Gentrification is good; gentrification is bad. Gentrifiers bring resources to neglected communities; gentrifiers displace longtime residents. A gentrified neighborhood is better / worse off than it was before.
There is no resolution on this issue, and there probably never will be. There’s also no shortage of opinions. The latest is from New York’s The Foundry Theatre, whose newest project entitled The Provenance of Beauty cleverly merges theater, city, and social commentary. It takes as subject matter and setting one of the city’s most storied and notorious districts: the South Bronx.
The Foundry’s production relies on a staging technique that is simple and innovative: the play takes place entirely on a bus, originating and terminating on 121st St. in East Harlem then moving through the Hunt’s Point and Mott Haven sections of The Bronx. One performer (Sarah Nina Hayon) rides with the audience; she assumes a number of characters to contribute live vocal anecdotes to compliment a chorus of recorded voices – all penned by poet Claudia Rankine and delivered to the audience via personal headsets. The narrative is composed of historic vignettes and anecdotes about specific sites along the route, and Rankine’s pointed commentary about gentrification (and the audience’s role in it) largely corresponds with specific public spaces the bus encounters. One memorable episode concerns the conflicting aspirations of the Giuliani administration and neighborhood residents regarding the creation of Barretto Point Park on the East River [site of the Floating Pool -ed.]
What is most exhiliarating about the roving stage is the way normally unnoticed urban characters and happenings become a part of the performance – a fresh attempt to realize the conceit of city as theater and theater as city. The mother with a stroller waiting at a crosswalk, the well-kept and not-so-well-kept buildings – even the mundane pause at a red light – all contribute to the action unfolding on the headsets. The effect prompts a sharper awareness of the rich fabric of associations we experience every day in the city.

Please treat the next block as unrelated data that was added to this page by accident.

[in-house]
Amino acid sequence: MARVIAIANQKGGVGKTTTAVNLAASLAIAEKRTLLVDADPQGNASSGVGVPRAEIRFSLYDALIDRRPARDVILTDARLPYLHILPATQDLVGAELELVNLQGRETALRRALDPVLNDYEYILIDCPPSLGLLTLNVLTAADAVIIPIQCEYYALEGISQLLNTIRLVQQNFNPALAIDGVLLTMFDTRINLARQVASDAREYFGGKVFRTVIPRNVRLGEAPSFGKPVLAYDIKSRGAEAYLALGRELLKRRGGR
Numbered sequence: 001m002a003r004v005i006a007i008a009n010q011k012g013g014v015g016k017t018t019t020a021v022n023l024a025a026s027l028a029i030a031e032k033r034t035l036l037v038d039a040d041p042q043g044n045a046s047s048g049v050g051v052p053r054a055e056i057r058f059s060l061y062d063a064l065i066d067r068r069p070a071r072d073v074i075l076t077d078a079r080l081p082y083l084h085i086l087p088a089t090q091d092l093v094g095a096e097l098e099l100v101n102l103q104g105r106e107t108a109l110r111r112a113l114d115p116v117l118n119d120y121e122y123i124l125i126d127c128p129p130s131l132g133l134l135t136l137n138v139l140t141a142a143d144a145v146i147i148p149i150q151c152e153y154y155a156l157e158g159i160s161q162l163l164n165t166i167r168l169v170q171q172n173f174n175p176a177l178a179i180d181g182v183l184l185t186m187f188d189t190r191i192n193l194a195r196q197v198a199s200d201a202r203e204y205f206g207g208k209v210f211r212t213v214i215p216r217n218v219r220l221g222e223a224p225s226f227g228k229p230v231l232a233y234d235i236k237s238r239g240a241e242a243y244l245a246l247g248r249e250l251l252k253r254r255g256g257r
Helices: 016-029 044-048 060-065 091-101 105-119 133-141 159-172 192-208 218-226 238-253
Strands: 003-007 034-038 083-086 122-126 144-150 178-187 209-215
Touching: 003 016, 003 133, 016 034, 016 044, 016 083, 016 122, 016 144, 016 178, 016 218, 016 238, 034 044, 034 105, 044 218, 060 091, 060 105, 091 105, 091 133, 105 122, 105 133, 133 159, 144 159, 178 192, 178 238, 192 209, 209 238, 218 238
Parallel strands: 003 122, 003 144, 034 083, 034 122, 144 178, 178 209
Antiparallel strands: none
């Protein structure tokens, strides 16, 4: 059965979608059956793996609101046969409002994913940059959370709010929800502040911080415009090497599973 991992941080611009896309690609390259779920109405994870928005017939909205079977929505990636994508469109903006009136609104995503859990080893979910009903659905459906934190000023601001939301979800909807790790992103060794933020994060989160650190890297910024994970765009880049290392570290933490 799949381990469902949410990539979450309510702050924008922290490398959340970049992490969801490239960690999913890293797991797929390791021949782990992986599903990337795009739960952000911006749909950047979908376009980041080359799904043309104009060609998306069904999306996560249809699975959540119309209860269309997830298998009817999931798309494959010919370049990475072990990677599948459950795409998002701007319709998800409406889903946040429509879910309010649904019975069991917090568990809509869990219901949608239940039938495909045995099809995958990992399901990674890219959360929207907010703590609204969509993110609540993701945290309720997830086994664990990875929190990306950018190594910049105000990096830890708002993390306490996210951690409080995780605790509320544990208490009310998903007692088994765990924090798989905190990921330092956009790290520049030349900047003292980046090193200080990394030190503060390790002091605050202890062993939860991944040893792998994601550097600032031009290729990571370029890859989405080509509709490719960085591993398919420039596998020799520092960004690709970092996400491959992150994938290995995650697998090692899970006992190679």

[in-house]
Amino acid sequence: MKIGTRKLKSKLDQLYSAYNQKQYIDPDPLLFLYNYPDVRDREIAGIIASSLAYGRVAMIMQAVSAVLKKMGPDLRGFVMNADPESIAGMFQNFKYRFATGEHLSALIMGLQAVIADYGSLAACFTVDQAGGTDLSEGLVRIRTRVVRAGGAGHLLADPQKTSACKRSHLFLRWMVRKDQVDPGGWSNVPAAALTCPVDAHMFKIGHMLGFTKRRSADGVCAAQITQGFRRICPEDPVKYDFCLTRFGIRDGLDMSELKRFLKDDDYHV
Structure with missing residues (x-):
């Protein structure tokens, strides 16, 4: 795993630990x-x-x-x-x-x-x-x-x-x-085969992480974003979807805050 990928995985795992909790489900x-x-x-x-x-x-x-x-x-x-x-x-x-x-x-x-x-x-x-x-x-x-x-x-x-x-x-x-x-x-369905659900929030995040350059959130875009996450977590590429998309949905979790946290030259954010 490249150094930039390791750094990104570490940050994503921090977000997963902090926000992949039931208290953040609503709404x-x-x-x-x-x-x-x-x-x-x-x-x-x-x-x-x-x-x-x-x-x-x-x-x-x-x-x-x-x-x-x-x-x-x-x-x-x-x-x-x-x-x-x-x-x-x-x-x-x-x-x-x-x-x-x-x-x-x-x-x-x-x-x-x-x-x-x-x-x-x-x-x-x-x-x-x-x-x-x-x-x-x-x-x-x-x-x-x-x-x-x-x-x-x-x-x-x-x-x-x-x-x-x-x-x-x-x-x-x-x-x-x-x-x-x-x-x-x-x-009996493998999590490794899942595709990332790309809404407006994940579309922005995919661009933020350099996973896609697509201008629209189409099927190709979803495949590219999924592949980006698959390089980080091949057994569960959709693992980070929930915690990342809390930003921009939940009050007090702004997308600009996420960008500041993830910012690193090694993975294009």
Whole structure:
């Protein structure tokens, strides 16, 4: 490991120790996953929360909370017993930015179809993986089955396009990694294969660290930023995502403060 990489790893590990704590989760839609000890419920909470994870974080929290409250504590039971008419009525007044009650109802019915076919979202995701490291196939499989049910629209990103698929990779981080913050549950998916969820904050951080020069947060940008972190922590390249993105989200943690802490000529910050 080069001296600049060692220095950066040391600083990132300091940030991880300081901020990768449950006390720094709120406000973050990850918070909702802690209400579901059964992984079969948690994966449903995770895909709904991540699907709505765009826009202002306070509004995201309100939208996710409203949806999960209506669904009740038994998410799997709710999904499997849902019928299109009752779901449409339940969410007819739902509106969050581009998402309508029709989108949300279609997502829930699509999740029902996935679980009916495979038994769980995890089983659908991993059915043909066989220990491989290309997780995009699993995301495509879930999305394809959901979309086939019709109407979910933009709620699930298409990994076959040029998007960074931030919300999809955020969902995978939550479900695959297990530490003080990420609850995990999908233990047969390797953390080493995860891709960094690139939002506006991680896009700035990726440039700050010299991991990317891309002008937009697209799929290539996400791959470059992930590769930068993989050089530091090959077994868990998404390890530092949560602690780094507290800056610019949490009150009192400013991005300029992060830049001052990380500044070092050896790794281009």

This awareness, combined with the distance introduced by the headsets and tinted windows of the tourbus, is unnerving, and I found myself wishing that the recorded narrative would have relied on this subtle tension to prompt audience reflection. Instead, the script at times resorts to the kind of damned-if-you-do, damned-if-you-don’t accusations common to the discourse on gentrification. It seems to assume voyeurism on the part of the audience, as if to say you can never know the South Bronx because you’re not from here – how dare you try?
To be sure, this provocation may be intrinsic to Rankine’s theatrical intentions. But it seems to overlook what makes the South Bronx unique: namely, an ability to repeatedly reinvent itself and thrive. As a friend pointed out afterward, what ultimately makes Provenance compelling is that the South Bronx itself is so compelling: the architecture, the music, the food – above all, the streetlife. Surely the borough that nurtured Kool Herc, Edgar Allan Poe and La Lupe (whose theater and home show up on the tour) has the capacity to integrate newcomers without losing the character that has made it special and continues to inspire creativity of all kinds.
Ultimately, viewers must decide for themselves which bits of narrative resonate and which grate; in short, the performance demands that each viewer arrive at a relationship with the South Bronx on her own terms. If The Foundry’s innovative conception of city-theater prompts this internal reflection, it would be despite its reliance on those aspects of gentrification discourse that we’ve heard before. But it could well foster new imaginative modes of engagement with the built environment and the social relations it structures – and point a way forward for the theater, for the South Bronx, and for New York.
Performances of Provenance of Beauty are at 1 p.m. and 4 p.m. on weekends between September 5th and October 25th, 2009. Reservations:www.thefoundrytheatre.org or 866.811.4111. Tickets: $35.
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As with all review and opinion pieces posted on Urban Omnibus, the views expressed are those of the author only and do not reflect the position of Urban Omnibus editorial staff or the Architectural League of New York.
Travis Eby is a recent graduate of the Yale School of Architecture. He loves his stoop in Bed-Stuy, Brooklyn.